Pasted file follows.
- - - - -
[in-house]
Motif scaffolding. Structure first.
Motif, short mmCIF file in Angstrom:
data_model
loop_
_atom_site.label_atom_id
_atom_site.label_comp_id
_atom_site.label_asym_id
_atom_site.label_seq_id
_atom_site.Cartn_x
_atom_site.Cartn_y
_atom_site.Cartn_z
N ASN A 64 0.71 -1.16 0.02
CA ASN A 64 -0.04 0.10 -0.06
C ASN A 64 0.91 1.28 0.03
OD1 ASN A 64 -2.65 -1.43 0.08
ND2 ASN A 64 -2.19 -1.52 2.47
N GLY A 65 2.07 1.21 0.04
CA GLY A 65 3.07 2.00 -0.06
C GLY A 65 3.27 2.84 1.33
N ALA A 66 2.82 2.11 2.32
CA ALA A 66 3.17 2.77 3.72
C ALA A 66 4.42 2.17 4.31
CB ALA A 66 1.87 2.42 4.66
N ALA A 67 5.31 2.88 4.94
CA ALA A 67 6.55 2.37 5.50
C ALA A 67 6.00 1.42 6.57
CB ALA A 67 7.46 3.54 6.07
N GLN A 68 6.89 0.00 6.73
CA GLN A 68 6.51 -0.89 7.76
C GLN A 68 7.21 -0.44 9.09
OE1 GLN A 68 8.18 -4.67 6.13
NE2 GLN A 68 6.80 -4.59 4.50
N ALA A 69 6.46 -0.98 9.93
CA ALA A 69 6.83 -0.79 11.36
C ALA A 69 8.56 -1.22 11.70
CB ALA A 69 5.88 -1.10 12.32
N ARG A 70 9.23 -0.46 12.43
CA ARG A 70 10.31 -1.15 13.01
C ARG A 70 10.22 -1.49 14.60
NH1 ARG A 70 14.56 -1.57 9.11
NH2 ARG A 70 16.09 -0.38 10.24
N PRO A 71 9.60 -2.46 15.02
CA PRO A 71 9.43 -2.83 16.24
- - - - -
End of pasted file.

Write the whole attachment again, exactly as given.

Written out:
[in-house]
Motif scaffolding. Structure first.
Motif, short mmCIF file in Angstrom:
data_model
loop_
_atom_site.label_atom_id
_atom_site.label_comp_id
_atom_site.label_asym_id
_atom_site.label_seq_id
_atom_site.Cartn_x
_atom_site.Cartn_y
_atom_site.Cartn_z
N ASN A 64 0.71 -1.16 0.02
CA ASN A 64 -0.04 0.10 -0.06
C ASN A 64 0.91 1.28 0.03
OD1 ASN A 64 -2.65 -1.43 0.08
ND2 ASN A 64 -2.19 -1.52 2.47
N GLY A 65 2.07 1.21 0.04
CA GLY A 65 3.07 2.00 -0.06
C GLY A 65 3.27 2.84 1.33
N ALA A 66 2.82 2.11 2.32
CA ALA A 66 3.17 2.77 3.72
C ALA A 66 4.42 2.17 4.31
CB ALA A 66 1.87 2.42 4.66
N ALA A 67 5.31 2.88 4.94
CA ALA A 67 6.55 2.37 5.50
C ALA A 67 6.00 1.42 6.57
CB ALA A 67 7.46 3.54 6.07
N GLN A 68 6.89 0.00 6.73
CA GLN A 68 6.51 -0.89 7.76
C GLN A 68 7.21 -0.44 9.09
OE1 GLN A 68 8.18 -4.67 6.13
NE2 GLN A 68 6.80 -4.59 4.50
N ALA A 69 6.46 -0.98 9.93
CA ALA A 69 6.83 -0.79 11.36
C ALA A 69 8.56 -1.22 11.70
CB ALA A 69 5.88 -1.10 12.32
N ARG A 70 9.23 -0.46 12.43
CA ARG A 70 10.31 -1.15 13.01
C ARG A 70 10.22 -1.49 14.60
NH1 ARG A 70 14.56 -1.57 9.11
NH2 ARG A 70 16.09 -0.38 10.24
N PRO A 71 9.60 -2.46 15.02
CA PRO A 71 9.43 -2.83 16.24